Book-turned-film ”The Railway Man” (Jonathan Teplitzky) holds you over the water then drops you right into the deep end. From start to finish the film holds your attention, slowly revealing to you what events happened to ex-war prisoner Eric Lomax (Colin Firth). The film not only accurately portrays through a well-researched script (Frank Cottrell Boyce, Andy Paterson) that all heroes and all villains have moral grey areas but also calls the audience to question what they want to unfold.
The film features some expertly tuned and truly gripping performances. Nicole Kidman’s portrayal of Patti is raw, honest and at all times completely captivating. Just as Firth’s Lomax falls in love with her kindness and perseverance as will the audience. Stellan Skarsgaard falls nothing short of previous works (”The Girl with The Dragon Tattoo”) with a solid performance as Finlay – also an ex war prisoner. Of special mention and an extraordinary display of acting came from Jeremy Irvine who plays a younger Lomax, victimized and frightened but never weak in his scenes. Had Irvine not managed such a powerful portrayal the life changing relationship between Firths Lomax and Hiroyuki Sanada’s Nagase would never have held such a potent effect.
The film however will strike audiences the most because through observation of pop culture – we like heroes that aren’t always heroic. Lomax becomes this for the audience, we see what he has been through, we know he is the victim, but in his moments of darkness we begin to question if maybe we want to see that darkness play out. This has been proven wildly successful in films such as ”Prisoners” (Hugh Jackman as Keller Dover) or the recent sensation Breaking Bad (Bryan Cranston as Walter White). We like our heroes as humans. The moral greys are what keep us watching.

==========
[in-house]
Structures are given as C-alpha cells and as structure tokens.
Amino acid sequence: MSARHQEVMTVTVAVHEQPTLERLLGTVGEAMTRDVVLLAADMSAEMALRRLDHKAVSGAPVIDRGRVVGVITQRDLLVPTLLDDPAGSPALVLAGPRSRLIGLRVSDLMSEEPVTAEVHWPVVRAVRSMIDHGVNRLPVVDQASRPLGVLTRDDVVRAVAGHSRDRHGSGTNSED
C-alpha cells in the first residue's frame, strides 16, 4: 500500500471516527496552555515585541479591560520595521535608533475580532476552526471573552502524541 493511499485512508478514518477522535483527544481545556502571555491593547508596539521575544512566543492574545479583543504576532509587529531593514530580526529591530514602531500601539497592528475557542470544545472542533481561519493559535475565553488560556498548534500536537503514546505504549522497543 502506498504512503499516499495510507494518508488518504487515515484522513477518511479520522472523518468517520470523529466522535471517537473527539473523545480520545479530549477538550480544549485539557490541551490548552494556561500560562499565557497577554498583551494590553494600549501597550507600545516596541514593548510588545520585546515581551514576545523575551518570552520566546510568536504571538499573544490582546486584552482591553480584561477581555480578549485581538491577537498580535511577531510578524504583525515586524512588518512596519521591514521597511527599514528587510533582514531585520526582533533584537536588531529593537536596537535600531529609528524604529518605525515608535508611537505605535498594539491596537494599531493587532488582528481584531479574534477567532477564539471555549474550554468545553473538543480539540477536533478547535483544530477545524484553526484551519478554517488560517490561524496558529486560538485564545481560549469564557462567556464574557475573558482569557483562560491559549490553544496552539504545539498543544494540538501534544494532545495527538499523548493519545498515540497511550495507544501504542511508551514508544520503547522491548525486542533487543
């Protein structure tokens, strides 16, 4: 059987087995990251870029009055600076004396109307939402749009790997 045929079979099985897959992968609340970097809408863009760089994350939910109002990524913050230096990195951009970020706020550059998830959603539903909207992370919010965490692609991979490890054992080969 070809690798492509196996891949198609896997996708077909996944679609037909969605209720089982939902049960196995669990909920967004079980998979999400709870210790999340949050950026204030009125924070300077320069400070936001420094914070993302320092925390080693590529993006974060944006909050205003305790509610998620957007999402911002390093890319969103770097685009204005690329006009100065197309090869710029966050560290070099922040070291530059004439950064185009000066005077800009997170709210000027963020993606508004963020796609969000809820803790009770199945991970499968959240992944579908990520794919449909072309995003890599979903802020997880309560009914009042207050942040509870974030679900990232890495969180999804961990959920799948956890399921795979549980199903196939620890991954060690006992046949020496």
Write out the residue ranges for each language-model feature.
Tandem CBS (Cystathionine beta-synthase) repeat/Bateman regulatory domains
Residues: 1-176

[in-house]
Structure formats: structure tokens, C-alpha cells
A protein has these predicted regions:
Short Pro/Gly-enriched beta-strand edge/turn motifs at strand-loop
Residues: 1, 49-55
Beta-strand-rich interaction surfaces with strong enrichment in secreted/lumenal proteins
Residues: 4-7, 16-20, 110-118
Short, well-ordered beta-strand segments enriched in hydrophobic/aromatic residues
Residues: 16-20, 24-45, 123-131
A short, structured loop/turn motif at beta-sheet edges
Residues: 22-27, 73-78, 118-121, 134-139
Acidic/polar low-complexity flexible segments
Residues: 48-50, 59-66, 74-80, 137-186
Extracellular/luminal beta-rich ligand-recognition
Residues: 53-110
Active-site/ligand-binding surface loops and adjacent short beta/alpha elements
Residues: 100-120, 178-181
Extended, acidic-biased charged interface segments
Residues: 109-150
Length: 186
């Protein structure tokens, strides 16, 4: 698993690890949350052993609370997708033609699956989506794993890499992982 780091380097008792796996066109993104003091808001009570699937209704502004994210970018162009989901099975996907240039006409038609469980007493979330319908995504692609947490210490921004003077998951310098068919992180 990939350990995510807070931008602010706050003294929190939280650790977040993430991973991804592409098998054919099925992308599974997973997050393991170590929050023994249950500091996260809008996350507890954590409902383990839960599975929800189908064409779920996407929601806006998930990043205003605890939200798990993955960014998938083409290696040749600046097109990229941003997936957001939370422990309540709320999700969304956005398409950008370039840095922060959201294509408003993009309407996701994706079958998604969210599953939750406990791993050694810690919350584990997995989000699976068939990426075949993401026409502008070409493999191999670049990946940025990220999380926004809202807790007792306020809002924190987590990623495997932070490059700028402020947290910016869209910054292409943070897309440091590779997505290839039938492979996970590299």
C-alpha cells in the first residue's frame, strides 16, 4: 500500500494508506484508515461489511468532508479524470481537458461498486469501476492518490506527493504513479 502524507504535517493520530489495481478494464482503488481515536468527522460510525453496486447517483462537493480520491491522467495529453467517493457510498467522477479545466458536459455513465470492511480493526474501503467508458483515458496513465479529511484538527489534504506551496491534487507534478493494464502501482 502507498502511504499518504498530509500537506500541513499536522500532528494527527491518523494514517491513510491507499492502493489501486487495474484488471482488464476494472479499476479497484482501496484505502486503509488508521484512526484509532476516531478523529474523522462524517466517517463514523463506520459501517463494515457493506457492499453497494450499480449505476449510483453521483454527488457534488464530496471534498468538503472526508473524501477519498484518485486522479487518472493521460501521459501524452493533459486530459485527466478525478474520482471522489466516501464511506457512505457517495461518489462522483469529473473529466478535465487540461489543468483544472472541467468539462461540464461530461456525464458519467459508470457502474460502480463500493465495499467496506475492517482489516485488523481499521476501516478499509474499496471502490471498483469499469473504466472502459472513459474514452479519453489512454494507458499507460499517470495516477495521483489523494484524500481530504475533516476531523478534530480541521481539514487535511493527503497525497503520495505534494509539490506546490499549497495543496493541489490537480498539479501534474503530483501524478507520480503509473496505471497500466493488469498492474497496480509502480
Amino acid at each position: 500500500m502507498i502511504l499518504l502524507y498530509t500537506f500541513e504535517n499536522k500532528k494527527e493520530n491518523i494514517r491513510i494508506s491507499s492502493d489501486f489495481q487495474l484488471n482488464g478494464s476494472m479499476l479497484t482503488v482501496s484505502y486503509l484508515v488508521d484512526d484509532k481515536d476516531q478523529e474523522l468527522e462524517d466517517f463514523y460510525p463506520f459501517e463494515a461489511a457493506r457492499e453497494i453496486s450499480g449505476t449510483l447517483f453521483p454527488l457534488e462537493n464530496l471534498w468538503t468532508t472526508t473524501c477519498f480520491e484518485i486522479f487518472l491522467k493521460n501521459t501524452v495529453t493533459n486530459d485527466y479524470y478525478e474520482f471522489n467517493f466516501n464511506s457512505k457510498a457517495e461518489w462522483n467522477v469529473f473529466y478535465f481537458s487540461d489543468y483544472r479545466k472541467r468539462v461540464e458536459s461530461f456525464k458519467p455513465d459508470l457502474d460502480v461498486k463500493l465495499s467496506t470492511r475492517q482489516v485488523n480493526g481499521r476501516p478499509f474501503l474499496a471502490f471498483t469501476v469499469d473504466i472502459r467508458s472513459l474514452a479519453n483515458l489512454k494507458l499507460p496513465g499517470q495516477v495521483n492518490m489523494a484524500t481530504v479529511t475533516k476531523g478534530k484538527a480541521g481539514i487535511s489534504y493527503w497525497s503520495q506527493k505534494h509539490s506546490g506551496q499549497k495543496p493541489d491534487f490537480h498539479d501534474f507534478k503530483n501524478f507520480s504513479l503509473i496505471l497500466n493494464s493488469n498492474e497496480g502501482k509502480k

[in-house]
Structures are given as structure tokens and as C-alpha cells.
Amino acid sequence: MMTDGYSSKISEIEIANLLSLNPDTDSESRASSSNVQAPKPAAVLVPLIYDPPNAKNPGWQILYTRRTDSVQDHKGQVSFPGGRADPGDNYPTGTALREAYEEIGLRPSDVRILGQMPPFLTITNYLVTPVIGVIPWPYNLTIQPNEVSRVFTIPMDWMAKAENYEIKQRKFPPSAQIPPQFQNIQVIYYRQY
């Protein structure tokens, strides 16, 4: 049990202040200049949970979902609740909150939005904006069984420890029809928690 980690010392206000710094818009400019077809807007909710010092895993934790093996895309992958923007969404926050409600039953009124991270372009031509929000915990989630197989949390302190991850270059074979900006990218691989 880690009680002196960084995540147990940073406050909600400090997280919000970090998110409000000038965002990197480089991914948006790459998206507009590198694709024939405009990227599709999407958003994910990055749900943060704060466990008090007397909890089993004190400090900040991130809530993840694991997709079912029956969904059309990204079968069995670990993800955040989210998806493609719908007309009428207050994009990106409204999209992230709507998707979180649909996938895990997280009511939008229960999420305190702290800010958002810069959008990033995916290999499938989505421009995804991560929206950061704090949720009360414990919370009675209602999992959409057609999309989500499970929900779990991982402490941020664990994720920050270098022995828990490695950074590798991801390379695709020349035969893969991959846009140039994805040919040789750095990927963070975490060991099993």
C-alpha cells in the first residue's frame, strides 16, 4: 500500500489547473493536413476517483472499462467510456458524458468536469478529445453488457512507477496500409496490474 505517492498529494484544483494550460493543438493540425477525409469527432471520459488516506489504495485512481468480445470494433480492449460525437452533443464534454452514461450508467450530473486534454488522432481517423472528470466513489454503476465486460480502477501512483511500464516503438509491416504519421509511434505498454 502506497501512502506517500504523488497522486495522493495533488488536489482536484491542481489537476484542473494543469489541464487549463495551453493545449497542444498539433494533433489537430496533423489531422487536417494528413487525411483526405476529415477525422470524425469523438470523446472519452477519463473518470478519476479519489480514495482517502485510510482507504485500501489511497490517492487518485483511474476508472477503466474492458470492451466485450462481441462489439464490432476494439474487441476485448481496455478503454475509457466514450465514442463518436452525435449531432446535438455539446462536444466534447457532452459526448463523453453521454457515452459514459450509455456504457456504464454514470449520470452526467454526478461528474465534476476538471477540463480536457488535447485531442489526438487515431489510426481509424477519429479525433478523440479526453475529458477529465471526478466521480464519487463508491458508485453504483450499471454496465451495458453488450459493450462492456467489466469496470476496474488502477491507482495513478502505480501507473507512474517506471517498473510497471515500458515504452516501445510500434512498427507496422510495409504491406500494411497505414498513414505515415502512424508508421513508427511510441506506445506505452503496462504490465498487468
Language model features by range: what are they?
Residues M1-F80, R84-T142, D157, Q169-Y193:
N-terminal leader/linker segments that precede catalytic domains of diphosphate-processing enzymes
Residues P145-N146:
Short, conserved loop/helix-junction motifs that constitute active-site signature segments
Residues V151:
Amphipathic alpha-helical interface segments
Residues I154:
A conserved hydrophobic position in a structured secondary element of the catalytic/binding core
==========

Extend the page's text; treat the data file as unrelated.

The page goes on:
Over a carefully constructed 116 minutes we see Lomax (Firth) meet and aptly fall in love with the beautiful Patti (Kidman). With the promise of the film we bear witness not just to their tenderness but also to their drama. As Lomax’s flashbacks start becoming closer to hallucinations strongly revolving around his fear and hatred of Nagase (Sanada) we start to see their relationship waver. With the help of Finlay (Skarsgaard) the film begins to show that the healing power of love is not limited to romance – but to friendship, in all of it’s unexpected forms.
The film let’s audiences put things together, and does not assume they ever need anything spelled out. This helps the pacing of what is already a great triumph for Teplitzky and certainly a positive indicator of more enthralling productions in the future. The Railway Man is sure to be a fast favourite for drama and suspense lovers – and those with an appreciation of history – but also grabs viewers regardless of who they might be and makes them feel, and makes them think. An overall great tribute to the lives of Eric Lomax and Nagase.